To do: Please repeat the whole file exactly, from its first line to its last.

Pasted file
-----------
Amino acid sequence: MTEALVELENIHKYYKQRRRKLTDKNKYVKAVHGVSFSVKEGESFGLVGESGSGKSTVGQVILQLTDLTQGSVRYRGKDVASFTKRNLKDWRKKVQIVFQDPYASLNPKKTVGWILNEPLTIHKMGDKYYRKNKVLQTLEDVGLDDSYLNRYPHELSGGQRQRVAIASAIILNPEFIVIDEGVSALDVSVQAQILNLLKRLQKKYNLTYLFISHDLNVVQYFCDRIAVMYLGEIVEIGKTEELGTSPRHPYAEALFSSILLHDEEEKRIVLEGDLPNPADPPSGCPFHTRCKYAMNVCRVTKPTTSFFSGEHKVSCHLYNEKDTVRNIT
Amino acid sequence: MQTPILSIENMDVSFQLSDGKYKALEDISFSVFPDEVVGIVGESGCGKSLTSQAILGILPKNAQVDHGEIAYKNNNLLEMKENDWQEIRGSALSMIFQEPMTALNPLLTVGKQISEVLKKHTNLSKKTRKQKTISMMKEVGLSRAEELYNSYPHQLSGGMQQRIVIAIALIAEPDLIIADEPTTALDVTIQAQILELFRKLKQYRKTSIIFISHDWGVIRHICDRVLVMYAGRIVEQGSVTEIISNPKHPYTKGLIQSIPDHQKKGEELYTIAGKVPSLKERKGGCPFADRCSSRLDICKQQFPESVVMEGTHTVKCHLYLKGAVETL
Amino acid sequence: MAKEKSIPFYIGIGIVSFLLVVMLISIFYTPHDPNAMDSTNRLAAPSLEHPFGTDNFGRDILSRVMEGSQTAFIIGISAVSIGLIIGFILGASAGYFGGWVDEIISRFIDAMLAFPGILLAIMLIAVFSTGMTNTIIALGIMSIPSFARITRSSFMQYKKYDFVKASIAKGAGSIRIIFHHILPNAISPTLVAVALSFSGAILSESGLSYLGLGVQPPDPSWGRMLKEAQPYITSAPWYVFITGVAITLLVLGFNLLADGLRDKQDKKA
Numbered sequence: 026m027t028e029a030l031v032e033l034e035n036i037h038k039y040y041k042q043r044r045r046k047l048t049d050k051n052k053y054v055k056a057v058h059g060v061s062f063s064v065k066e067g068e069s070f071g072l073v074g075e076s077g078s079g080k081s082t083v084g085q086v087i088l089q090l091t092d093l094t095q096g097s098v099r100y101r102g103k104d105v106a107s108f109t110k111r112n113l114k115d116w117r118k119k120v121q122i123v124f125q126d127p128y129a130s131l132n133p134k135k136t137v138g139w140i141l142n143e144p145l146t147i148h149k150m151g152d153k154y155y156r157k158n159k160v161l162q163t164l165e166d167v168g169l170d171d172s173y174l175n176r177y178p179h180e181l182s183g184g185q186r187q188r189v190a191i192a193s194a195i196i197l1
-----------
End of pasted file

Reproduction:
Amino acid sequence: MTEALVELENIHKYYKQRRRKLTDKNKYVKAVHGVSFSVKEGESFGLVGESGSGKSTVGQVILQLTDLTQGSVRYRGKDVASFTKRNLKDWRKKVQIVFQDPYASLNPKKTVGWILNEPLTIHKMGDKYYRKNKVLQTLEDVGLDDSYLNRYPHELSGGQRQRVAIASAIILNPEFIVIDEGVSALDVSVQAQILNLLKRLQKKYNLTYLFISHDLNVVQYFCDRIAVMYLGEIVEIGKTEELGTSPRHPYAEALFSSILLHDEEEKRIVLEGDLPNPADPPSGCPFHTRCKYAMNVCRVTKPTTSFFSGEHKVSCHLYNEKDTVRNIT
Amino acid sequence: MQTPILSIENMDVSFQLSDGKYKALEDISFSVFPDEVVGIVGESGCGKSLTSQAILGILPKNAQVDHGEIAYKNNNLLEMKENDWQEIRGSALSMIFQEPMTALNPLLTVGKQISEVLKKHTNLSKKTRKQKTISMMKEVGLSRAEELYNSYPHQLSGGMQQRIVIAIALIAEPDLIIADEPTTALDVTIQAQILELFRKLKQYRKTSIIFISHDWGVIRHICDRVLVMYAGRIVEQGSVTEIISNPKHPYTKGLIQSIPDHQKKGEELYTIAGKVPSLKERKGGCPFADRCSSRLDICKQQFPESVVMEGTHTVKCHLYLKGAVETL
Amino acid sequence: MAKEKSIPFYIGIGIVSFLLVVMLISIFYTPHDPNAMDSTNRLAAPSLEHPFGTDNFGRDILSRVMEGSQTAFIIGISAVSIGLIIGFILGASAGYFGGWVDEIISRFIDAMLAFPGILLAIMLIAVFSTGMTNTIIALGIMSIPSFARITRSSFMQYKKYDFVKASIAKGAGSIRIIFHHILPNAISPTLVAVALSFSGAILSESGLSYLGLGVQPPDPSWGRMLKEAQPYITSAPWYVFITGVAITLLVLGFNLLADGLRDKQDKKA
Numbered sequence: 026m027t028e029a030l031v032e033l034e035n036i037h038k039y040y041k042q043r044r045r046k047l048t049d050k051n052k053y054v055k056a057v058h059g060v061s062f063s064v065k066e067g068e069s070f071g072l073v074g075e076s077g078s079g080k081s082t083v084g085q086v087i088l089q090l091t092d093l094t095q096g097s098v099r100y101r102g103k104d105v106a107s108f109t110k111r112n113l114k115d116w117r118k119k120v121q122i123v124f125q126d127p128y129a130s131l132n133p134k135k136t137v138g139w140i141l142n143e144p145l146t147i148h149k150m151g152d153k154y155y156r157k158n159k160v161l162q163t164l165e166d167v168g169l170d171d172s173y174l175n176r177y178p179h180e181l182s183g184g185q186r187q188r189v190a191i192a193s194a195i196i197l1